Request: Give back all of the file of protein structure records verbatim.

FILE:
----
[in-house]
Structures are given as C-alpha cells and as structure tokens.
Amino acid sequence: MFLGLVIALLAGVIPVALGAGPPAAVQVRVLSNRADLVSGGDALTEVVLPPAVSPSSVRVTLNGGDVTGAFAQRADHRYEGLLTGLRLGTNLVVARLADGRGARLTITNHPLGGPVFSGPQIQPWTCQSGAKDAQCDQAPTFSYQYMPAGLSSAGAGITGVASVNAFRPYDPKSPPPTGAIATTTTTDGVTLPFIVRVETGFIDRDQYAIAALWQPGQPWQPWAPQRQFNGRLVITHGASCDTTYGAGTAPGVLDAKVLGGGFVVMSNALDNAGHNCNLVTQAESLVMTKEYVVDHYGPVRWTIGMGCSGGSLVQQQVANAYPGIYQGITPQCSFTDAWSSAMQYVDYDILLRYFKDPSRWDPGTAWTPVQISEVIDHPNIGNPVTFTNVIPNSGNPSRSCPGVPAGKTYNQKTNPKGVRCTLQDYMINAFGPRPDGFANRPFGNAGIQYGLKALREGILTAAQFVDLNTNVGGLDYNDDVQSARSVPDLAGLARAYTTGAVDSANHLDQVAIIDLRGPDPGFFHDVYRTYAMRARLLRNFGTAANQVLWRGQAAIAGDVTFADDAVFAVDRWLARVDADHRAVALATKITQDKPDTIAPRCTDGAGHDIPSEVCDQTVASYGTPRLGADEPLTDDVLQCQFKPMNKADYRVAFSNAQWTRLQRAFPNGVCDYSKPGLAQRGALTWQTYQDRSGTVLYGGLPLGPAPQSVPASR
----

[in-house]
Structures are given as C-alpha cells and as structure tokens.
Amino acid sequence: MFLGLVIALLAGVIPVALGAGPPAAVQVRVLSNRADLVSGGDALTEVVLPPAVSPSSVRVTLNGGDVTGAFAQRADHRYEGLLTGLRLGTNLVVARLADGRGARLTITNHPLGGPVFSGPQIQPWTCQSGAKDAQCDQAPTFSYQYMPAGLSSAGAGITGVASVNAFRPYDPKSPPPTGAIATTTTTDGVTLPFIVRVETGFIDRDQYAIAALWQPGQPWQPWAPQRQFNGRLVITHGASCDTTYGAGTAPGVLDAKVLGGGFVVMSNALDNAGHNCNLVTQAESLVMTKEYVVDHYGPVRWTIGMGCSGGSLVQQQVANAYPGIYQGITPQCSFTDAWSSAMQYVDYDILLRYFKDPSRWDPGTAWTPVQISEVIDHPNIGNPVTFTNVIPNSGNPSRSCPGVPAGKTYNQKTNPKGVRCTLQDYMINAFGPRPDGFANRPFGNAGIQYGLKALREGILTAAQFVDLNTNVGGLDYNDDVQSARSVPDLAGLARAYTTGAVDSANHLDQVAIIDLRGPDPGFFHDVYRTYAMRARLLRNFGTAANQVLWRGQAAIAGDVTFADDAVFAVDRWLARVDADHRAVALATKITQDKPDTIAPRCTDGAGHDIPSEVCDQTVASYGTPRLGADEPLTDDVLQCQFKPMNKADYRVAFSNAQWTRLQRAFPNGVCDYSKPGLAQRGALTWQTYQDRSGTVLYGGLPLGPAPQSVPASR